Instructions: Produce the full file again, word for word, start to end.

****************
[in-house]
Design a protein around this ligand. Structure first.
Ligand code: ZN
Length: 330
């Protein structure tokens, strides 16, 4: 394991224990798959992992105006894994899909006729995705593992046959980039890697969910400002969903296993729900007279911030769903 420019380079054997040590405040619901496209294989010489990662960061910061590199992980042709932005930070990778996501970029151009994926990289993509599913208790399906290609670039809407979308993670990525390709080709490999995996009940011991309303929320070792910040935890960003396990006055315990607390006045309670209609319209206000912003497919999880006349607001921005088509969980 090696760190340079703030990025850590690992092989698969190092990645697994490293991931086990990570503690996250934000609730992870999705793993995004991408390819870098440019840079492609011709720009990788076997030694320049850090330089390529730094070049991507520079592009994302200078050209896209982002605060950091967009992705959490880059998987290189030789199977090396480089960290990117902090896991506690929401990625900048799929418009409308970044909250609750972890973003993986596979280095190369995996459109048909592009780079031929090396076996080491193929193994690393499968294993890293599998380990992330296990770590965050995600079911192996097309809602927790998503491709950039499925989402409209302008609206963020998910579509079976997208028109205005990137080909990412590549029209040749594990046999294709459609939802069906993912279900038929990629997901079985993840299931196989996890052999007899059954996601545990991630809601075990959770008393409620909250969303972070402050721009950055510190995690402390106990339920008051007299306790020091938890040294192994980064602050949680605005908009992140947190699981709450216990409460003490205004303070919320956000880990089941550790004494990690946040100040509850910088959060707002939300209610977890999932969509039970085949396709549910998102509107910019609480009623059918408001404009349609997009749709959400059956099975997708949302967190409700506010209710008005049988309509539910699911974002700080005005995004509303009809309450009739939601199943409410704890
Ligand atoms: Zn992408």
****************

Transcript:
[in-house]
Design a protein around this ligand. Structure first.
Ligand code: ZN
Length: 330
């Protein structure tokens, strides 16, 4: 394991224990798959992992105006894994899909006729995705593992046959980039890697969910400002969903296993729900007279911030769903 420019380079054997040590405040619901496209294989010489990662960061910061590199992980042709932005930070990778996501970029151009994926990289993509599913208790399906290609670039809407979308993670990525390709080709490999995996009940011991309303929320070792910040935890960003396990006055315990607390006045309670209609319209206000912003497919999880006349607001921005088509969980 090696760190340079703030990025850590690992092989698969190092990645697994490293991931086990990570503690996250934000609730992870999705793993995004991408390819870098440019840079492609011709720009990788076997030694320049850090330089390529730094070049991507520079592009994302200078050209896209982002605060950091967009992705959490880059998987290189030789199977090396480089960290990117902090896991506690929401990625900048799929418009409308970044909250609750972890973003993986596979280095190369995996459109048909592009780079031929090396076996080491193929193994690393499968294993890293599998380990992330296990770590965050995600079911192996097309809602927790998503491709950039499925989402409209302008609206963020998910579509079976997208028109205005990137080909990412590549029209040749594990046999294709459609939802069906993912279900038929990629997901079985993840299931196989996890052999007899059954996601545990991630809601075990959770008393409620909250969303972070402050721009950055510190995690402390106990339920008051007299306790020091938890040294192994980064602050949680605005908009992140947190699981709450216990409460003490205004303070919320956000880990089941550790004494990690946040100040509850910088959060707002939300209610977890999932969509039970085949396709549910998102509107910019609480009623059918408001404009349609997009749709959400059956099975997708949302967190409700506010209710008005049988309509539910699911974002700080005005995004509303009809309450009739939601199943409410704890
Ligand atoms: Zn992408």